The bottom line

If your storage needs continue to grow, then Drobo is something that you should look at. As you need more space, you just add/replace with bigger drives. the drives are even hot swappable. You have to also remember that even though your data is much safer in a Drobo than a single drive, this doesn’t protect you in the case of a fire, flood or theft. So you should still have a strategy for offsite storage. I’m currently backing up my Drobo to an external Firewire drive (actually I rotate between two) that I put in the Safe Deposit Box at the bank. Drobo is cross platform and works on both Macs and Windows PCs. An empty Drobo (no drives) goes for $499.99. You can then buy whatever SATA drives in whatever capacities you want. You have to start with at least two. Use it for data, use it for archiving or use it for backup. If you want to share a Drobo and you don’t already have a fileserver set up, you can buy an additional piece of hardware called DroboShare ($197.48). Note: Although DroboShare has a Gigabit Ethernet connection, DroboShare connects to Drobo (up to two Drobos) via the USB 2 port and NOT the Firewire 800 port. So I wonder if that creates a bottleneck in performance? See how Drobo works from the Video demonstrations here.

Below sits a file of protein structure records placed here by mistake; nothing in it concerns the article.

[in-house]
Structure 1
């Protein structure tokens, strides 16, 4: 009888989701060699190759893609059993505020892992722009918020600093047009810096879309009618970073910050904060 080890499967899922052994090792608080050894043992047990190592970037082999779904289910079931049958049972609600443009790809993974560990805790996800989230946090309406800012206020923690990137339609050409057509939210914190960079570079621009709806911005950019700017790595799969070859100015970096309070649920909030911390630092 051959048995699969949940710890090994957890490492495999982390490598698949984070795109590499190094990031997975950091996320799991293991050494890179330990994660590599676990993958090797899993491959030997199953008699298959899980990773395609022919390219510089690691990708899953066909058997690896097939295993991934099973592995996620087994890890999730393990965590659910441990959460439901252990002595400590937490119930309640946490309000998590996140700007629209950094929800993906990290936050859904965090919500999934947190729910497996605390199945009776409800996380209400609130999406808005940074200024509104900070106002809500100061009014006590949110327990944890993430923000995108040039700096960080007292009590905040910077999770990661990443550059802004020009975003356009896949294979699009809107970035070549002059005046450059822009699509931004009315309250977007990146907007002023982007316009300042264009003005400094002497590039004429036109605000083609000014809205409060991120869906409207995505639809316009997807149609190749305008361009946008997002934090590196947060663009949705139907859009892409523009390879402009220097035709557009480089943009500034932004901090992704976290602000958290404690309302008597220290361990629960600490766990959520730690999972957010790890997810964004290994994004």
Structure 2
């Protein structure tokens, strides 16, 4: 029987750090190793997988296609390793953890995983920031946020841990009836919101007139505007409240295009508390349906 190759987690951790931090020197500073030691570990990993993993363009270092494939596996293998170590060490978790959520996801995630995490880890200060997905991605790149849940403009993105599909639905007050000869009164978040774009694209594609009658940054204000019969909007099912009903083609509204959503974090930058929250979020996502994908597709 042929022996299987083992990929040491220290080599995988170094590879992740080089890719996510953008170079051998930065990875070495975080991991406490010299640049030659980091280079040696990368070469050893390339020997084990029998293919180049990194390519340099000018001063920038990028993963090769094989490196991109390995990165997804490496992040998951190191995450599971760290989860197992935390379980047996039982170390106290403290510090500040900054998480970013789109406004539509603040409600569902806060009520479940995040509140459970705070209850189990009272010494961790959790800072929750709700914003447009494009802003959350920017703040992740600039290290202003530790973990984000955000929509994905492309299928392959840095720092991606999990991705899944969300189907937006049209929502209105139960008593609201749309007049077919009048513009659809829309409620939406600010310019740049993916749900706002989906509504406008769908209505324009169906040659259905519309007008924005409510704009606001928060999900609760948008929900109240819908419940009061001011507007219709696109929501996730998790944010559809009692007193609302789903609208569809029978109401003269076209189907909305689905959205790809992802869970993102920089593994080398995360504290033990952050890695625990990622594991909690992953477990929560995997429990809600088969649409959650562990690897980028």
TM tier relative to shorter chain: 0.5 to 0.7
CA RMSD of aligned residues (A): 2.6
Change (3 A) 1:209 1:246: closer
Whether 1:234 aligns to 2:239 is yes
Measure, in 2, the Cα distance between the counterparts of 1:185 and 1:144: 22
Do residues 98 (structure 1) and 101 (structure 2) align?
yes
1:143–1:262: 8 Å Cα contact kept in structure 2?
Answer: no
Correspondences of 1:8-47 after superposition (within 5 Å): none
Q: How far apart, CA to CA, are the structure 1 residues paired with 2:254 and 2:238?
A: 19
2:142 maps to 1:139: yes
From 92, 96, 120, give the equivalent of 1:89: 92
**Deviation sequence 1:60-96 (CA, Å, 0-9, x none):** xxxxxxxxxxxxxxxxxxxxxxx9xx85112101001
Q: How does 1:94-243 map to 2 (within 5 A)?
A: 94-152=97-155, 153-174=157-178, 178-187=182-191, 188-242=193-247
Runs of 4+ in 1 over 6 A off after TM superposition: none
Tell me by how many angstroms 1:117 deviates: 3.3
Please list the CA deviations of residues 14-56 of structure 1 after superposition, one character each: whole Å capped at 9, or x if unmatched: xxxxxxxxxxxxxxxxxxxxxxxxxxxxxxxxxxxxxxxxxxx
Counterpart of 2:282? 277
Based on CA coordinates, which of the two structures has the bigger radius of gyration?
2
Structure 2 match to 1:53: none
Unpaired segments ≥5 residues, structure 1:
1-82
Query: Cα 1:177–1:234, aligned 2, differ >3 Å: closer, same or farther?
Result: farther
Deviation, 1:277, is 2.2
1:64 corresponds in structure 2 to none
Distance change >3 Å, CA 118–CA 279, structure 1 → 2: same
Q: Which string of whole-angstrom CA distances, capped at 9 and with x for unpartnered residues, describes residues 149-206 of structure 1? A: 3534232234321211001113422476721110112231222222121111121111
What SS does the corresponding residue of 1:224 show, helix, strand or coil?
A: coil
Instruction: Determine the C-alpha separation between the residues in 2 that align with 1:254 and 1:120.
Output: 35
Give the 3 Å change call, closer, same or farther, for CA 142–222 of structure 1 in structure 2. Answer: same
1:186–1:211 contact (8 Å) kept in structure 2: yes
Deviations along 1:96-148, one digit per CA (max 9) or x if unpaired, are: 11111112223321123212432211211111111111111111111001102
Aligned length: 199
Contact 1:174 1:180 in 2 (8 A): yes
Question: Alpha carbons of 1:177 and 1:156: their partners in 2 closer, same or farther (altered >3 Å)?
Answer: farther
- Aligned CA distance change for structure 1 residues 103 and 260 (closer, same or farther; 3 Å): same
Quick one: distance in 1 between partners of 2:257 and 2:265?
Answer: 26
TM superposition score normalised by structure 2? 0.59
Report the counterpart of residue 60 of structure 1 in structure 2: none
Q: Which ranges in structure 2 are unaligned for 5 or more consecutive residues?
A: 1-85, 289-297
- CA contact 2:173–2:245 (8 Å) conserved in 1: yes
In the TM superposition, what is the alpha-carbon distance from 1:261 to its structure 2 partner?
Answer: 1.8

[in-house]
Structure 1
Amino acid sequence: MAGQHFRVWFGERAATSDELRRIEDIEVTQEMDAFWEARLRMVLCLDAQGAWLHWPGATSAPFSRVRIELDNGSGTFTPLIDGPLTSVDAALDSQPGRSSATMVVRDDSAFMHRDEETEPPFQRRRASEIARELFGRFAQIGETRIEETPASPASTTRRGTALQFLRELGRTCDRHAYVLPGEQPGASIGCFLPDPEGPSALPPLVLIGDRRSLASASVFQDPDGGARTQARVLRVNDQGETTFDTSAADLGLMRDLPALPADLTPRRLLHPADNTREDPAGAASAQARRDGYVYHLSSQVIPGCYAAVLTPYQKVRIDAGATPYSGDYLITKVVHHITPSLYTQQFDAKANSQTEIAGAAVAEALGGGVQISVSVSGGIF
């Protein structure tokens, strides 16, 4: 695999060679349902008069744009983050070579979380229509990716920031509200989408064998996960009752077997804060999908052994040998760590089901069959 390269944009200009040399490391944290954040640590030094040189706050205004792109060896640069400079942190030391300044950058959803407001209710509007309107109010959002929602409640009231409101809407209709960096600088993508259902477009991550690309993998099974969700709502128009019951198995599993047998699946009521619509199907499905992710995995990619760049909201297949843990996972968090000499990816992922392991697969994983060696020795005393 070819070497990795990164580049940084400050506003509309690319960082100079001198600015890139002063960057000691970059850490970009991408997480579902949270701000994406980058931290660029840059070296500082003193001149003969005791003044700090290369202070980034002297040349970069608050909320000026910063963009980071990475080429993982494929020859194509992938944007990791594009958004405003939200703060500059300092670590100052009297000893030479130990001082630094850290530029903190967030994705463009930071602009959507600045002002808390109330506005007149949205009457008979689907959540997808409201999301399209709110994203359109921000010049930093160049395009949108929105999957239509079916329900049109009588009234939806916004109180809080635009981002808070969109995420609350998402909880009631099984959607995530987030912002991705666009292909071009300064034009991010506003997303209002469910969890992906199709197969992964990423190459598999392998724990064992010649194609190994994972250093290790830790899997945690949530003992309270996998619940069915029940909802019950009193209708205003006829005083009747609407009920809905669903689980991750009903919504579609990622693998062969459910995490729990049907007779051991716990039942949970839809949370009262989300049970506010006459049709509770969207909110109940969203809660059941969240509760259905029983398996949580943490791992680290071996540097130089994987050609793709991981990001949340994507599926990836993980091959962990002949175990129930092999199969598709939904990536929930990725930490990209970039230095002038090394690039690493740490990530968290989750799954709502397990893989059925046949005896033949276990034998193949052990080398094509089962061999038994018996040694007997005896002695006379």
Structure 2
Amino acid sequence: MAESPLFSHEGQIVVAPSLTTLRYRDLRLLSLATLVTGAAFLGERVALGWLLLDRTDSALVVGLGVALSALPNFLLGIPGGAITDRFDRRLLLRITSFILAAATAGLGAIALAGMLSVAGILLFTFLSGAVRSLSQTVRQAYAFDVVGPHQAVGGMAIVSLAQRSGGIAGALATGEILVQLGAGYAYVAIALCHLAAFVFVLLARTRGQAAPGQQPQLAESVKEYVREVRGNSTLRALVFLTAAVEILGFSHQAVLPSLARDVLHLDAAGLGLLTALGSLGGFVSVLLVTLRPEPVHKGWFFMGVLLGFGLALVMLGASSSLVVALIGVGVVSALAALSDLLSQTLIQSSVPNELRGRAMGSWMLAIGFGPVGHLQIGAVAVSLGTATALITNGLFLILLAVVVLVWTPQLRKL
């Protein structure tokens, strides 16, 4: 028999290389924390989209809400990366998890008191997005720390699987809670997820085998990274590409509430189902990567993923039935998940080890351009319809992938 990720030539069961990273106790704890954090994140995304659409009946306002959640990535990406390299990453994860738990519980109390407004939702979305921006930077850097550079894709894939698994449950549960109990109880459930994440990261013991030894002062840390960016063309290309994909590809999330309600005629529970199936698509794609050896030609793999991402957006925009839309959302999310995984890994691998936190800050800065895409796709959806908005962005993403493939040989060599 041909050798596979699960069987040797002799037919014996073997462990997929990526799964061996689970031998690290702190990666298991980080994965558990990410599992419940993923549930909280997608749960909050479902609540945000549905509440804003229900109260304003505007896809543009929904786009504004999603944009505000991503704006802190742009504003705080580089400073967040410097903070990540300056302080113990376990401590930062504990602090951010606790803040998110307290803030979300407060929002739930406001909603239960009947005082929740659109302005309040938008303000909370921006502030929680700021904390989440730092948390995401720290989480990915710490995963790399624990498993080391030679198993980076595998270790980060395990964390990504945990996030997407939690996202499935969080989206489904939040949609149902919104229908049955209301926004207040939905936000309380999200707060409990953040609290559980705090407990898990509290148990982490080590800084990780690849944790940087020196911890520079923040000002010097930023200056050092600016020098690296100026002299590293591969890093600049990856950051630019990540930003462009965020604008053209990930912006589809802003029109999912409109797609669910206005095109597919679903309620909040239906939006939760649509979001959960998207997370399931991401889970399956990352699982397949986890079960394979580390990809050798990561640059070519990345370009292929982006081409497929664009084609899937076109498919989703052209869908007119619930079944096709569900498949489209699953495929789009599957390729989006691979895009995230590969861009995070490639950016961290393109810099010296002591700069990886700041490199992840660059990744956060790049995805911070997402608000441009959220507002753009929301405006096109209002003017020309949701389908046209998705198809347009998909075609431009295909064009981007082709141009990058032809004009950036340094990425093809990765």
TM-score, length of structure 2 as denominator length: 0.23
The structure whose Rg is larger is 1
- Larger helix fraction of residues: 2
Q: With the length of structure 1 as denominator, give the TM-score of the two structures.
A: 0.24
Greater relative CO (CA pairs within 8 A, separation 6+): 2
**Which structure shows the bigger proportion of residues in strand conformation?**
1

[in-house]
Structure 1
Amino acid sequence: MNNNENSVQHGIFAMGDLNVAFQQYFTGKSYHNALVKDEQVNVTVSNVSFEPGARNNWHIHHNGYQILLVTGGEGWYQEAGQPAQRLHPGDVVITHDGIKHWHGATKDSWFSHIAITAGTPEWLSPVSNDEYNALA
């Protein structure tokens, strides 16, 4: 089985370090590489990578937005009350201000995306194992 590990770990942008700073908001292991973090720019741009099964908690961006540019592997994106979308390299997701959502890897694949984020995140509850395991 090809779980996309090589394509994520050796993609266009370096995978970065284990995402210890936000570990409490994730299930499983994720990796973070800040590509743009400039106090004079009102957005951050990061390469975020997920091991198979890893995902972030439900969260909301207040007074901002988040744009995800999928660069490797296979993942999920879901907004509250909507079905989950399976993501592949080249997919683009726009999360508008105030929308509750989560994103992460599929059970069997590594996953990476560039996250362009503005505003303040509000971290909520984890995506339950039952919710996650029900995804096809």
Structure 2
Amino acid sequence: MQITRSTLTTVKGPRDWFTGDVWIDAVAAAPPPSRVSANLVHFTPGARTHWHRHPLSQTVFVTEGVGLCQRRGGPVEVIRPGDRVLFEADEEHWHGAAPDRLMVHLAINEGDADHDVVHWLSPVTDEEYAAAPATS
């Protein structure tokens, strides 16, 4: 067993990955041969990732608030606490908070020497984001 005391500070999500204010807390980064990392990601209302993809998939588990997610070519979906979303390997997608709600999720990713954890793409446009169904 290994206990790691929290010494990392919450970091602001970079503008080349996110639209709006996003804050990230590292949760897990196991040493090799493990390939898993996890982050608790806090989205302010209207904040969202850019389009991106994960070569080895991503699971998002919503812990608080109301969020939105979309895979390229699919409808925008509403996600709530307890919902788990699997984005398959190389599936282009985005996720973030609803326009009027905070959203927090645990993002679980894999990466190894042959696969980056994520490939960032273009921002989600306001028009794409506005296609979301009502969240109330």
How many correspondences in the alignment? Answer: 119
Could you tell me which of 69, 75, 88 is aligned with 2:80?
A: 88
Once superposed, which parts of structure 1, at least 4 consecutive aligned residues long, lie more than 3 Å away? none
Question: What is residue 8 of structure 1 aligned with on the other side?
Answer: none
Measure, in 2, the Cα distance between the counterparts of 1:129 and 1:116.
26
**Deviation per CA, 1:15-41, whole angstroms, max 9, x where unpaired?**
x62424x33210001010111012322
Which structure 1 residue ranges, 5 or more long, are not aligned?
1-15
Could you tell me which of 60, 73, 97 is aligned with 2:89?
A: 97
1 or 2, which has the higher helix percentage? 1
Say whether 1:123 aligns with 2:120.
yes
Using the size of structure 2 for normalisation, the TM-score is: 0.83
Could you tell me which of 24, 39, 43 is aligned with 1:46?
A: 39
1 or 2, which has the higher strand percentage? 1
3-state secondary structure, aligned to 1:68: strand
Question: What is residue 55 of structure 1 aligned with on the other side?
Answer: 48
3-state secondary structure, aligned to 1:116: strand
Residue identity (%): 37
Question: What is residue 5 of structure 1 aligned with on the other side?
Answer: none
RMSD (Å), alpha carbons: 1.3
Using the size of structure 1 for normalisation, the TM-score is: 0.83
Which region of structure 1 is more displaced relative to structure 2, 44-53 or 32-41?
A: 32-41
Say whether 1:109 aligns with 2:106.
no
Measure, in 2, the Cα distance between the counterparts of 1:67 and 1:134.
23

64 thoughts on “Drobo Firewire 800 Review